In Montreal, the Sikh community’s “Canadian dream” was disrupted by disputes with India

The golden dome of the gurdwara (Sikh temple) Guru Nanak Darbar stands out among the small houses lined up, typical of Canadian suburbia. In this suburb of LaSalle, located south of the island of Montreal, Quebec’s largest religious shrine of northern Indians, founded in 2000 to house some 23,000 Sikh Indians living in la Belle Province, is almost airborne. from a foreign enclave on Canadian soil: as in any embassy, ​​flags in the country’s colors flutter in the wind. Except for those who pass by the giant white building emblazoned with the name “Khalistan”, claiming a country that does not exist. Only a minority of Sikh nationalists, in India or in the diaspora established abroad, continue to claim full sovereignty over this region, which includes what is now Punjab, on the Indo-Pakistan border.

Also read: Articles are provided for our subscribers Canada holds India responsible for the killing of one of its Sikh nationals

By claiming to have “credible elements” proving the involvement of the Indian government in the murder, on June 18, on Canadian soil of Hardeep Singh Nijjar, a Canadian Sikh who belonged to the organization Sikhs for Justice, which was instigated by the Canadian Prime Minister, Justin Trudeau, on September 18. diplomatic storm between Ottawa and New Delhi. India has called out these allegations “absurd” and ask for evidence; he took the opportunity to repeat his own criticism, accusing Canada of being a haven for Sikh separatists who, he said, threatened its territorial integrity.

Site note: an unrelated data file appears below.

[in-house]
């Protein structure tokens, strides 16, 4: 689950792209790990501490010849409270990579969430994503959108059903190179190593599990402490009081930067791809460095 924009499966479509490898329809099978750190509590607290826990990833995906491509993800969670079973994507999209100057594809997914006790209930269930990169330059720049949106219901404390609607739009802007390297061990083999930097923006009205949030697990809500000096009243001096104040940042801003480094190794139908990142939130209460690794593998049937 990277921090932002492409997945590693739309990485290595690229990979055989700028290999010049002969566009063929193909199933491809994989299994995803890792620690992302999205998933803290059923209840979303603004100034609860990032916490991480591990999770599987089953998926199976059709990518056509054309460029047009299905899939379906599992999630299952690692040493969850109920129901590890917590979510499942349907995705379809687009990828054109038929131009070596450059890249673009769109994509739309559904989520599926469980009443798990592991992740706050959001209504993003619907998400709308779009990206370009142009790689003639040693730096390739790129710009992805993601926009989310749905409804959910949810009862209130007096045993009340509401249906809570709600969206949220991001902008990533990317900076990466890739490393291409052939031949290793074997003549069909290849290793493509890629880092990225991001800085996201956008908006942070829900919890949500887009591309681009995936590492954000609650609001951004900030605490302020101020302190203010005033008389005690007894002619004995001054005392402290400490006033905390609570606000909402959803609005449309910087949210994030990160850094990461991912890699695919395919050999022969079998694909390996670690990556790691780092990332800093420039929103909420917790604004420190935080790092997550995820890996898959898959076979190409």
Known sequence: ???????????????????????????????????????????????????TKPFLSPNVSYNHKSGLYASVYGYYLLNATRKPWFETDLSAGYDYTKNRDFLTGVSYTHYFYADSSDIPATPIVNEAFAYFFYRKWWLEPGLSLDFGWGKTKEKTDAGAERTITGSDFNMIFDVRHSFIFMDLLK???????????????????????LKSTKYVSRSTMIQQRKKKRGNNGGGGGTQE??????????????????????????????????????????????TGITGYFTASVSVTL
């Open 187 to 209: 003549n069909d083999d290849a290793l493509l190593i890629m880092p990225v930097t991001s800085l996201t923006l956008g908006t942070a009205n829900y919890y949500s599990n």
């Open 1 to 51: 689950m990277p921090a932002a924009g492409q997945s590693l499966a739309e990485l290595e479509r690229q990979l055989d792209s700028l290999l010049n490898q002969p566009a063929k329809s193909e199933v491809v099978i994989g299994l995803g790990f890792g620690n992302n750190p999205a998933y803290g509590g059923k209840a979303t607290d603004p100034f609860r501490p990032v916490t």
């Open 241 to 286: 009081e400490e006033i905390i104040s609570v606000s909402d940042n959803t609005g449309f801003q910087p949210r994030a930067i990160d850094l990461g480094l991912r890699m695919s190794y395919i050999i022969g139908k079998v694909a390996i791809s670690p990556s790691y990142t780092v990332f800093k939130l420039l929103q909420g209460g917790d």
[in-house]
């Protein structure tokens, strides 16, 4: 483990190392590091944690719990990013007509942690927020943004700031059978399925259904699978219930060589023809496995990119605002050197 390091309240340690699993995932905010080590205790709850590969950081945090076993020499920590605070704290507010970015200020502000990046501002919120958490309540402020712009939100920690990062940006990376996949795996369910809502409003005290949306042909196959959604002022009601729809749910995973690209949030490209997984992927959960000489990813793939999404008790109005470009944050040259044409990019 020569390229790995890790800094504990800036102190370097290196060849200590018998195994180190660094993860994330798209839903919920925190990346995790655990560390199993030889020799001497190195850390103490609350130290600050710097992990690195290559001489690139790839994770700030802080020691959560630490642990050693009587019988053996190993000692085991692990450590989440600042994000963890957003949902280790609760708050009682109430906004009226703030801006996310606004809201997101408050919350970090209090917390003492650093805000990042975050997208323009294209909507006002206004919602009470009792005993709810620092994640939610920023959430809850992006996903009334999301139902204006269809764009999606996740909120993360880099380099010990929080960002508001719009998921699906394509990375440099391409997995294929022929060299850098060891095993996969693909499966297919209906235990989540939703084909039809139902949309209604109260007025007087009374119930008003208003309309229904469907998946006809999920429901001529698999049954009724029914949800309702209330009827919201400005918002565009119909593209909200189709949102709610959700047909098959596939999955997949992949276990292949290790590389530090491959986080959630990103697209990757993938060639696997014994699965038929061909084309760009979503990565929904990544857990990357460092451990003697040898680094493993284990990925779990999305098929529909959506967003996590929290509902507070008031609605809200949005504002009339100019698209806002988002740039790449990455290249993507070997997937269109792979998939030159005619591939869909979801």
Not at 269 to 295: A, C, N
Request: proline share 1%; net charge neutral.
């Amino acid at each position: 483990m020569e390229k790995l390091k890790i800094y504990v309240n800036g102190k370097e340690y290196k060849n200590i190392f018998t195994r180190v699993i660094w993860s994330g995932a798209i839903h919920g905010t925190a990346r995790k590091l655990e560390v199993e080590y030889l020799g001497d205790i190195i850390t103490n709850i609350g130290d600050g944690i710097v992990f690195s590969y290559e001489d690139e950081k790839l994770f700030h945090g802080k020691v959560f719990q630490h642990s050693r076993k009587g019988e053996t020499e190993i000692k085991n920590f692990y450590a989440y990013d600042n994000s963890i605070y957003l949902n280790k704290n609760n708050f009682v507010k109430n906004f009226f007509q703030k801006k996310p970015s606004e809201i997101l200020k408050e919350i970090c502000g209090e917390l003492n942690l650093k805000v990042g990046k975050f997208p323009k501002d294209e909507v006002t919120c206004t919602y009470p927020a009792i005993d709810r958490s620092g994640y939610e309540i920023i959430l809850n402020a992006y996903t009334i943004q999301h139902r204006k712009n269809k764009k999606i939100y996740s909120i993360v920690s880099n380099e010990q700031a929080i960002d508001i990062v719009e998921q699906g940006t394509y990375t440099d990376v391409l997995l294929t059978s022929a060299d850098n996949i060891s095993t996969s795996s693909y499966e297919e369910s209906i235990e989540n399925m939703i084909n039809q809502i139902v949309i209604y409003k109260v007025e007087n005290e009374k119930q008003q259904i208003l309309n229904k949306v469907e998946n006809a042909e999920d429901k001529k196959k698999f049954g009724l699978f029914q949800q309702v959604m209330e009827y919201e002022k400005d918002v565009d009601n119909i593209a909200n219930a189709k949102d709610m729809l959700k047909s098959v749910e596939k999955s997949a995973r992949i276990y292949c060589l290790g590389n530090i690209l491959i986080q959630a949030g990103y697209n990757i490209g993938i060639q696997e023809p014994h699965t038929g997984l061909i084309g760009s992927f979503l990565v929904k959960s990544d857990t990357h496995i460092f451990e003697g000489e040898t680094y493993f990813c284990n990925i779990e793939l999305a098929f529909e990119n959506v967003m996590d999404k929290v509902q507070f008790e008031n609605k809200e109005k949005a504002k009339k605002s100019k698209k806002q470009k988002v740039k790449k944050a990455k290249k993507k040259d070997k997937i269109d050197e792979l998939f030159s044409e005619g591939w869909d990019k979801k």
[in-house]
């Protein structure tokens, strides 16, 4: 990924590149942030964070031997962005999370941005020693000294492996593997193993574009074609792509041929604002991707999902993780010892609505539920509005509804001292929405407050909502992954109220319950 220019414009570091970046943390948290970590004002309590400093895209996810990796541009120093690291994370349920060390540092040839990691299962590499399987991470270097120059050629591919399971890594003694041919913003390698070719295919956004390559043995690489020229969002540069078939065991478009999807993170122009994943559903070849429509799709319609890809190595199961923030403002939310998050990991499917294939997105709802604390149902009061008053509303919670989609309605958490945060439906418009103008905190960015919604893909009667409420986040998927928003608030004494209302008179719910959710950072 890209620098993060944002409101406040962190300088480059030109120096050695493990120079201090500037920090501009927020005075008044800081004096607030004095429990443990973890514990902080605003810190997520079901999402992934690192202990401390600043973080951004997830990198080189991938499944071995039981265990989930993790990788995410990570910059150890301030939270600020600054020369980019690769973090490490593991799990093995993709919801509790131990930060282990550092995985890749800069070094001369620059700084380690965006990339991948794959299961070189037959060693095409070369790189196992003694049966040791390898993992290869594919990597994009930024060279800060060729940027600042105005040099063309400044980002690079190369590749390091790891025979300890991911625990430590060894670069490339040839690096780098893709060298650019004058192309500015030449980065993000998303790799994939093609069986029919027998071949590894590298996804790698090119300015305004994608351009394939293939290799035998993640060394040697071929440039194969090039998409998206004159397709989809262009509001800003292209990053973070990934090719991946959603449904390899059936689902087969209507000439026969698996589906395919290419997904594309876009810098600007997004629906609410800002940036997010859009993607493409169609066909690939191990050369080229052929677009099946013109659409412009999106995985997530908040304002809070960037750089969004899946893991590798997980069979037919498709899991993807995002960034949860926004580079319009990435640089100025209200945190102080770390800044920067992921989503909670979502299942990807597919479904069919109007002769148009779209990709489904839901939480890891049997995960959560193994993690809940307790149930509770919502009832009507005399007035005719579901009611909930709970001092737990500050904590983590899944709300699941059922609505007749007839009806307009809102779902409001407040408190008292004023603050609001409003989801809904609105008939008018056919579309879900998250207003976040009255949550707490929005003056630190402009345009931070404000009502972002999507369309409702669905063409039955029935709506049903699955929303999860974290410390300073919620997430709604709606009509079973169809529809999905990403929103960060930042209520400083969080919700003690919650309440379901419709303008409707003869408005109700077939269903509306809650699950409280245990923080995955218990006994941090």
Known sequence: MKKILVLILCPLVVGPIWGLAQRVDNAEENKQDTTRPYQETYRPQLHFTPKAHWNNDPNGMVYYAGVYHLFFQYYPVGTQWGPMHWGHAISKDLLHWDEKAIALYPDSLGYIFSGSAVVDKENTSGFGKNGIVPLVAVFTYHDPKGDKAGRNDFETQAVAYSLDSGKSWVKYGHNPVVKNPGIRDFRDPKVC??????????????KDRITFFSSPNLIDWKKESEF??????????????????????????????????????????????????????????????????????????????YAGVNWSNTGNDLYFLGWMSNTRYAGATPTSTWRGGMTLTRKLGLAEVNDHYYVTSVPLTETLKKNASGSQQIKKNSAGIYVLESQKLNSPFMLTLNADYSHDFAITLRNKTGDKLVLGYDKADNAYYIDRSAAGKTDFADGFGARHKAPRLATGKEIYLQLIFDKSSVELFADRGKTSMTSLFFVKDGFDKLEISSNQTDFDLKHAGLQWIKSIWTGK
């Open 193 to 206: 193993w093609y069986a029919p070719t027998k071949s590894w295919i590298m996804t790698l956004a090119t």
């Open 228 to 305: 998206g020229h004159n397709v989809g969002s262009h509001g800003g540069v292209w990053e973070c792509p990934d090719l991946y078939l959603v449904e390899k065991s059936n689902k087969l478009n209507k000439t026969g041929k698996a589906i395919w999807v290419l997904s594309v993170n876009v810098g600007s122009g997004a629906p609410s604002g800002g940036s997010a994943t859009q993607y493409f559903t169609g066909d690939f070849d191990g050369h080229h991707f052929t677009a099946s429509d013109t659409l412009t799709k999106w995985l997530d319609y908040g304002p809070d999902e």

In Montreal, leaders of the Guru Nanak Darbar gurdwara make no secret of their activist commitment. Chattar Singh Sani, general secretary of the religious building which also serves as the association’s centre, is nostalgic for the Sikh Empire, which has been gone since the mid-19th century.e century. The 79-year-old, sporting a long white beard, was also a fierce critic of the Republic of India, whose legitimacy he questioned, having betrayed, he said, after independence, in 1947, the promise of protection given to the Republic of India. the country’s Sikh minority.

Inside the Guru Nanak Darbar gurdwara (Sikh temple), posters supporting the referendum on the creation of Khalistan, in Montreal (Canada), October 5, 2023.

The parents denied advocating any violent actions and claims “good Canadian”the simple right to freedom of expression. “Punjab is landlocked in a sea of ​​Hindus like Quebec is surrounded by the British, but here, Quebecers have the right to express their aspirations for independence, sometimes even through referendums., he explained, while we are systematically treated as terrorists. »

“I have to be wary of everyone”

You have 67.82% of this article left to read. The remainder is provided to customers.

Serena Hoyles

"Twitter junkie. Hipster-friendly bacon expert. Beer ninja. Reader. Communicator. Explorer. Passionate alcohol geek."

Leave a Reply

Your email address will not be published. Required fields are marked *